Ethics in Government

Pay-to-Play

Hartsfield-Jackson International Airport

 
Campaign contributions have no place in how government conducts in business on behalf of citizens.

Companies and individuals that conduct business with cities and counties often provide the lion’s share of campaign contributions in local races. This results in contracting practices that are wasteful and unfair. Ultimately, Georgia citizens pay for it.


The Atlanta Hartsfield-Jackson Airport is one place where pay-to-play has created a legacy of corruption. Board member, Dr. Kerwin Swint authored a report summarizing some of the major scandals and cases that the Airport has been involved in over the past 30 years.


In light of the recent awarding of Hartsfield-Jackson Airport Concession contracts, Common Cause is calling on the City of Atlanta to enact campaign finance reform aimed to limit the money a vendor can contribute to a political campaign. The proposal specifically caps contributions at $250 every four years, for those who have or seek a city contract. If a corporation exceeded the limit, they would forfeit any contracts they currently have, and/or their ability to compete for contracts the upcoming year. Though the City of Atlanta has not yet adopted our proposal, they did release the names of the team members who will recommend which vendors should receive the contracts and Mayor Reed returned a portion of the donations that he received from contract hopefuls.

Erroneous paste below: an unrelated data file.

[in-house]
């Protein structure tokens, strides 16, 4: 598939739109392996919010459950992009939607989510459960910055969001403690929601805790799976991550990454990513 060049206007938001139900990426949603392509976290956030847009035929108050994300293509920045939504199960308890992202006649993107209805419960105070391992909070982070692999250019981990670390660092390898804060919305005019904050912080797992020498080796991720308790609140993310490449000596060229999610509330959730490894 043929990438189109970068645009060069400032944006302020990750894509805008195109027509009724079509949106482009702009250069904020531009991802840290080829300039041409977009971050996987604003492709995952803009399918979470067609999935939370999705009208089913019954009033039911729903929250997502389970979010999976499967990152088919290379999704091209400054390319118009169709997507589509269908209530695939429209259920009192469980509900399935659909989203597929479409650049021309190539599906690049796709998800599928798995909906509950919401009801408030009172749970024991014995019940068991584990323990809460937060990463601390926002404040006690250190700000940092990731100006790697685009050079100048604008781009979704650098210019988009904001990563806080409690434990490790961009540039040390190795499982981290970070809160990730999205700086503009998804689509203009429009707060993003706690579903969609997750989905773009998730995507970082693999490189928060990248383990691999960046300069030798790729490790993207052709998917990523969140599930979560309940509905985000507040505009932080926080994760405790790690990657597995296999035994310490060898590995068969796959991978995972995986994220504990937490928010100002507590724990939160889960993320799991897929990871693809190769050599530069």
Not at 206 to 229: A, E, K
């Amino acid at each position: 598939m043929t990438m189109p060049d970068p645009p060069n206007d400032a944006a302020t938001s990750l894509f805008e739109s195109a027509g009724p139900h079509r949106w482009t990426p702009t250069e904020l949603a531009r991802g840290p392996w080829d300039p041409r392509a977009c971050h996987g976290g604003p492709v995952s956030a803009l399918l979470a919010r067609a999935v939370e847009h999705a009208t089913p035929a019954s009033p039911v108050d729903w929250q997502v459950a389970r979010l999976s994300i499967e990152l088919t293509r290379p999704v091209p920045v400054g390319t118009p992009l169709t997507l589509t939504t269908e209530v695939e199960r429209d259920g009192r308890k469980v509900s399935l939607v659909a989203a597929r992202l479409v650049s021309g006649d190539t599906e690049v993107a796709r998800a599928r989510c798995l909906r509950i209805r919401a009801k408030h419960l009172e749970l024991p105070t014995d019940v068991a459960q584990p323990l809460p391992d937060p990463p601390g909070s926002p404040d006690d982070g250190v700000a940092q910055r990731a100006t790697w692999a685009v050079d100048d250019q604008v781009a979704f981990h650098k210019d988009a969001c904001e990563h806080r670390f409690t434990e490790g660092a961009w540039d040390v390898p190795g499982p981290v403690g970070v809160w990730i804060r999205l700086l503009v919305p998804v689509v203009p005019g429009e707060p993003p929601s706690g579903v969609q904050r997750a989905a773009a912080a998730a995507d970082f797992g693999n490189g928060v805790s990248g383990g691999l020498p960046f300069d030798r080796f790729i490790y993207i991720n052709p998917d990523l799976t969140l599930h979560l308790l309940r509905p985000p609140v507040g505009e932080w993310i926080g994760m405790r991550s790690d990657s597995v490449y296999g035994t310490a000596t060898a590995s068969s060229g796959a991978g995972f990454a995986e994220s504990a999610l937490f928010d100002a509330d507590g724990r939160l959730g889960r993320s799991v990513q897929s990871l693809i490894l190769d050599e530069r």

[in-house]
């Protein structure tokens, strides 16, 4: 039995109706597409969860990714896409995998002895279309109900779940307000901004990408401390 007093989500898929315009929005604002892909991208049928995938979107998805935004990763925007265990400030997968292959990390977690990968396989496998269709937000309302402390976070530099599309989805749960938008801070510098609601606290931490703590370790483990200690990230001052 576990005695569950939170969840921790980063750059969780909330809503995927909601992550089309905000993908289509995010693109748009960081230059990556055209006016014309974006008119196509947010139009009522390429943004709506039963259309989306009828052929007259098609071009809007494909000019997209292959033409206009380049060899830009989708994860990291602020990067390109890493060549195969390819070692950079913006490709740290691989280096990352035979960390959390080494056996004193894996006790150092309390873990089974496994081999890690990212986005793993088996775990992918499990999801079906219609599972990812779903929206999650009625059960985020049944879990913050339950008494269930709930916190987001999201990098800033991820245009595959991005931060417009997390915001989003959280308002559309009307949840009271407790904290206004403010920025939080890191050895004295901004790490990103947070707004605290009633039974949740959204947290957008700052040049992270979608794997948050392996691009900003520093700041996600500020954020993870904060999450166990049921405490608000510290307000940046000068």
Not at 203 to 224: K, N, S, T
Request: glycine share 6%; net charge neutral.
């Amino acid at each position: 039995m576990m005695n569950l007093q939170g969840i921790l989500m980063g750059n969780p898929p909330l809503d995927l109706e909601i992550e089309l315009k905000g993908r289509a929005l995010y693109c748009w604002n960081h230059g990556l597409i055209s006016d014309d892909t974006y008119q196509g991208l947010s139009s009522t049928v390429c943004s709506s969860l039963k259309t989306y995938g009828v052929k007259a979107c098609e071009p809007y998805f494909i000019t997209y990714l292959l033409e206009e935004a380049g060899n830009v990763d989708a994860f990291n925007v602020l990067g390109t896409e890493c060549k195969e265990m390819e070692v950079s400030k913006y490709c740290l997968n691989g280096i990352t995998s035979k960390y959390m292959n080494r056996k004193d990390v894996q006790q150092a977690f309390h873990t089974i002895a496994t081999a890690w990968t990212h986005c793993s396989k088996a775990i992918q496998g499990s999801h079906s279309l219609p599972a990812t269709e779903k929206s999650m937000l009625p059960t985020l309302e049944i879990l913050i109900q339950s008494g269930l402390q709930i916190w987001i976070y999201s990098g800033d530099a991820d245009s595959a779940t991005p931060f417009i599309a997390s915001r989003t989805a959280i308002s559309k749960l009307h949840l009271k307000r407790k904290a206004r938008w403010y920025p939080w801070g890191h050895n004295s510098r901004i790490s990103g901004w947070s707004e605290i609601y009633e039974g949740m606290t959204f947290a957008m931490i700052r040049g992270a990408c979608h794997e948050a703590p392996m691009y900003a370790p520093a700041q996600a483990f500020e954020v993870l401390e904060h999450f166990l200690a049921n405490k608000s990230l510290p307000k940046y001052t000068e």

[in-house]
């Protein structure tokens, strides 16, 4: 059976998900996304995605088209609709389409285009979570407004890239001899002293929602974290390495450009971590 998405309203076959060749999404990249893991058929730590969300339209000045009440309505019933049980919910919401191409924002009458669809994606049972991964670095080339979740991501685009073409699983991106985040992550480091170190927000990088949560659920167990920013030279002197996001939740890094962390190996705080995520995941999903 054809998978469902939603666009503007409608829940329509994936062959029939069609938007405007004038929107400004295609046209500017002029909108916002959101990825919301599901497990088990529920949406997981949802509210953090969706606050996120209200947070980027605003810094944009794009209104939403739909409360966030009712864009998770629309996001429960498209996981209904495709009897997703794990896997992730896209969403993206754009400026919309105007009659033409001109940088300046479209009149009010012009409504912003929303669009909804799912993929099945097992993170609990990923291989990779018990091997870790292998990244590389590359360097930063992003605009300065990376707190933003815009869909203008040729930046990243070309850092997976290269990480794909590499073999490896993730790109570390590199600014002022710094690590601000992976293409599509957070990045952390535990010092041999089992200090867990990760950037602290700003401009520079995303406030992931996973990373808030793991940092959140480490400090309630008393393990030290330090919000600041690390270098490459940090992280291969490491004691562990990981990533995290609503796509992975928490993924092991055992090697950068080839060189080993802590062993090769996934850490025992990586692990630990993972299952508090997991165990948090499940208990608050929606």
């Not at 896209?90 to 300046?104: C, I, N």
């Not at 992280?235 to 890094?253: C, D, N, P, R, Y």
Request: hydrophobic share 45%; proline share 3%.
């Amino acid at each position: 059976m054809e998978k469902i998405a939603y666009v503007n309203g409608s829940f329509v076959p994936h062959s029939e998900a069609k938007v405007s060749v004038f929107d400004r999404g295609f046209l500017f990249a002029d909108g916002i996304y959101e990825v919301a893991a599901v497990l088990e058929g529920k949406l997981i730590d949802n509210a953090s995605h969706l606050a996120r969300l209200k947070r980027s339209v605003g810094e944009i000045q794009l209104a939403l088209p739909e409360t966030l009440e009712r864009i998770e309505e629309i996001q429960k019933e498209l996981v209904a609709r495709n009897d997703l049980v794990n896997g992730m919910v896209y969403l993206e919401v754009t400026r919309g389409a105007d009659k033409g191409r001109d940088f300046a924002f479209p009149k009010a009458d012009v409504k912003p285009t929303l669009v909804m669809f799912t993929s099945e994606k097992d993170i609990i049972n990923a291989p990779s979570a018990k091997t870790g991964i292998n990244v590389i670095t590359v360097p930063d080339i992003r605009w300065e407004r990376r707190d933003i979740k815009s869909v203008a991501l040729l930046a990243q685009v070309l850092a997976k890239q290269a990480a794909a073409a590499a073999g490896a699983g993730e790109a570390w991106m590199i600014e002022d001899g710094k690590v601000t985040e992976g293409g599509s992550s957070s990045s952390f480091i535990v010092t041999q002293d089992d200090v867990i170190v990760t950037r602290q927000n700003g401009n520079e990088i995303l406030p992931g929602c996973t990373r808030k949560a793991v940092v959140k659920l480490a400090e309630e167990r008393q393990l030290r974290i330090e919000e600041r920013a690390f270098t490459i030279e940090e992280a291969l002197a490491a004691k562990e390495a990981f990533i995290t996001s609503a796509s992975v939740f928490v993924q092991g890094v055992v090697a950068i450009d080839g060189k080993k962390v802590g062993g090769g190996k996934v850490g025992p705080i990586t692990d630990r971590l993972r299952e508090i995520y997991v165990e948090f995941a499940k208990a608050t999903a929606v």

You can read our proposed amendment here.

Click here to read Dr. Swint’s whitepaper on the airport's history of corruption.

 

 

Below is  a timeline of some of the major controversies that have been uncovered during the current contracting process. All of these instances highlight how Pay-to-Play reform can prevent the perception problems that arise when mixing campaign contributions and government contracts.